Sandeep Aggarwal, co-founder of ecommerce firm ShopClues and founder of automobile marketplace Droom, said he would step up his angel investment activity and invest $3 million (around Rs 20 crore) across a dozen startups in 2017.
Aggarwal would invest in consumer internet companies with a focus on healthcare, retail and fintech besides enterprise tech and data science, he said in a statement.
Speaking to VCCircle, Aggarwal said he would invest from the personal wealth he made through the earnings from his career abroad as an investment professional. He would streamline his future investments through his family office Digital Route.
Aggarwal, who co-founded ShopClues in 2011 and later launched Droom in 2014, has been a startup investor since 2003, he said. In 2016, he invested $500,000 in seven early-stage firms in India and overseas such as Dekoruma, Wydr, Shopsity, Data Guise, Give Club, Duriana and Curo Healthcare. Besides India, Aggarwal plans to look at Southeast Asia for startup investments. Going forward, he would write cheques of $100,000 to $300,000 for select startups.
Over the last six years, ShopClues has raised around $250 million and was valued around $1.2 billion during its last fundraising a year ago. Aggarwal, however, had stepped down from his executive role with ShopClues in 2013 following legal troubles over insider trading charges in the US which have not yet been settled. Aggarwal recently got into a public fight with his estranged wife Radhika Ghai and Sanjay Sethi—ShopClues’ other co-founders—whom he accused of thwarting his re-entry into the company. Radhika is chief business officer while Sethi is chief executive officer at ShopClues. ShopClues investors including Tiger Global, Nexus and Helion have, however, backed the management led by Sethi and Radhika.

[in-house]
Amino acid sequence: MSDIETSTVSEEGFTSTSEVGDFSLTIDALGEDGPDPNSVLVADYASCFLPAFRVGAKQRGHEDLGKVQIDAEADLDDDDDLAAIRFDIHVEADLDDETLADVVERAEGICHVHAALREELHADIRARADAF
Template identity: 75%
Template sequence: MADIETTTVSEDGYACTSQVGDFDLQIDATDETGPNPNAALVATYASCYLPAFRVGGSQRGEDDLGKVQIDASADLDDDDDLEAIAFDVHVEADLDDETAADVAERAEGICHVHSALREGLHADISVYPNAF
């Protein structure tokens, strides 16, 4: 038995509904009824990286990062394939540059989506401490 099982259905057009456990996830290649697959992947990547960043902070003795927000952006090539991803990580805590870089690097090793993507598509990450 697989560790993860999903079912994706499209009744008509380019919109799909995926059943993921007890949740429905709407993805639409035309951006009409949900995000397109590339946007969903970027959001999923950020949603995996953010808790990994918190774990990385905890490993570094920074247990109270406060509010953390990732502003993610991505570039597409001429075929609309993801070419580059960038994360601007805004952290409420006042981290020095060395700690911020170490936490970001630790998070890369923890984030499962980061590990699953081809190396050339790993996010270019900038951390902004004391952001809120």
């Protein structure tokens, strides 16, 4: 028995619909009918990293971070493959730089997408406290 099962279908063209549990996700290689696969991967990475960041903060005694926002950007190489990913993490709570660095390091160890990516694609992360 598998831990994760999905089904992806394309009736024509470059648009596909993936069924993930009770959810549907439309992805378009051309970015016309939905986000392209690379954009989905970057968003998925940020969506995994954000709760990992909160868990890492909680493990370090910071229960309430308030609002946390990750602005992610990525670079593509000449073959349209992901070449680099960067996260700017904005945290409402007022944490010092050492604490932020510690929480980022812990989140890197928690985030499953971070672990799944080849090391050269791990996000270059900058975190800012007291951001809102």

Aggarwal’s second consumer internet venture Droom has raised around $45 million from a clutch of investors and claims to have achieved $250 million gross merchandise value (GMV) run rate on an annualised basis. “The current health and success of Droom owes a lot to the faith bestowed upon me by my early-stage investors and the funding received from them. As an early-stage entrepreneur, I often felt helpless myself at the lack of funding and mentorship during the most crucial phases of my business,” Aggarwal said.
Aggarwal said he would be interested in investing early stage initiatives from tier-2 and tier-3 towns in India.
“I won’t be just a financial investor but a mentor as well. I will bring to the table my experience as an operating founder,” he said.
Aggarwal also said he is a limited partner in three venture capital funds in three different countries, including India. He, however, declined to name the funds.
Many leading Indian tech startup founders such as Flipkart’s Sachin Bansal and Binny Bansal, Snapdeal’s Kunal Bahl, Paytm’s Vijay Shekhar Sharma, InMobi’s Naveen Tewari and Freecharge’s Kunal Shah have been prolific angel investors backing and mentoring dozens of startups besides running their own ventures. Some of them figure among the most active angel investors, according to this VCCircle analysis.